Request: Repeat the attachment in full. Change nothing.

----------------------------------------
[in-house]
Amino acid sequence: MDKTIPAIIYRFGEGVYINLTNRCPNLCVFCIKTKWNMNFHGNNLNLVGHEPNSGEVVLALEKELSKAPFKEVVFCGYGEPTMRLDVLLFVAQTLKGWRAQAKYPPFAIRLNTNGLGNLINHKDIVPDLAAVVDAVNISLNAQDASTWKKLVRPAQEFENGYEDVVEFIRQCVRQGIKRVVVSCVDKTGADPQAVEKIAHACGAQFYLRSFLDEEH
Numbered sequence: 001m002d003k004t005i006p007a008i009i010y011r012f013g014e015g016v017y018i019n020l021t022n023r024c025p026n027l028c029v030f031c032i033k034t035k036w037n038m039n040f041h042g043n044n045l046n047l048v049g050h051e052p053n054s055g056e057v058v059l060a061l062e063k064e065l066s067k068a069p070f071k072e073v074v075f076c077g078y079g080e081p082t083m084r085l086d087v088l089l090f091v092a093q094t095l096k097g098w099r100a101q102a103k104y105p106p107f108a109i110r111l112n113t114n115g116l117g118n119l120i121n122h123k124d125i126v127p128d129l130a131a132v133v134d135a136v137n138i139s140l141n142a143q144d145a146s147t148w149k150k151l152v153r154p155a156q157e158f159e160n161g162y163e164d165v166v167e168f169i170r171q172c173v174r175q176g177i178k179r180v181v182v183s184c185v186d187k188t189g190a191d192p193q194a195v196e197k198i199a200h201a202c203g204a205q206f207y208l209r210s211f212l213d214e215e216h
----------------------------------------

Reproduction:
[in-house]
Amino acid sequence: MDKTIPAIIYRFGEGVYINLTNRCPNLCVFCIKTKWNMNFHGNNLNLVGHEPNSGEVVLALEKELSKAPFKEVVFCGYGEPTMRLDVLLFVAQTLKGWRAQAKYPPFAIRLNTNGLGNLINHKDIVPDLAAVVDAVNISLNAQDASTWKKLVRPAQEFENGYEDVVEFIRQCVRQGIKRVVVSCVDKTGADPQAVEKIAHACGAQFYLRSFLDEEH
Numbered sequence: 001m002d003k004t005i006p007a008i009i010y011r012f013g014e015g016v017y018i019n020l021t022n023r024c025p026n027l028c029v030f031c032i033k034t035k036w037n038m039n040f041h042g043n044n045l046n047l048v049g050h051e052p053n054s055g056e057v058v059l060a061l062e063k064e065l066s067k068a069p070f071k072e073v074v075f076c077g078y079g080e081p082t083m084r085l086d087v088l089l090f091v092a093q094t095l096k097g098w099r100a101q102a103k104y105p106p107f108a109i110r111l112n113t114n115g116l117g118n119l120i121n122h123k124d125i126v127p128d129l130a131a132v133v134d135a136v137n138i139s140l141n142a143q144d145a146s147t148w149k150k151l152v153r154p155a156q157e158f159e160n161g162y163e164d165v166v167e168f169i170r171q172c173v174r175q176g177i178k179r180v181v182v183s184c185v186d187k188t189g190a191d192p193q194a195v196e197k198i199a200h201a202c203g204a205q206f207y208l209r210s211f212l213d214e215e216h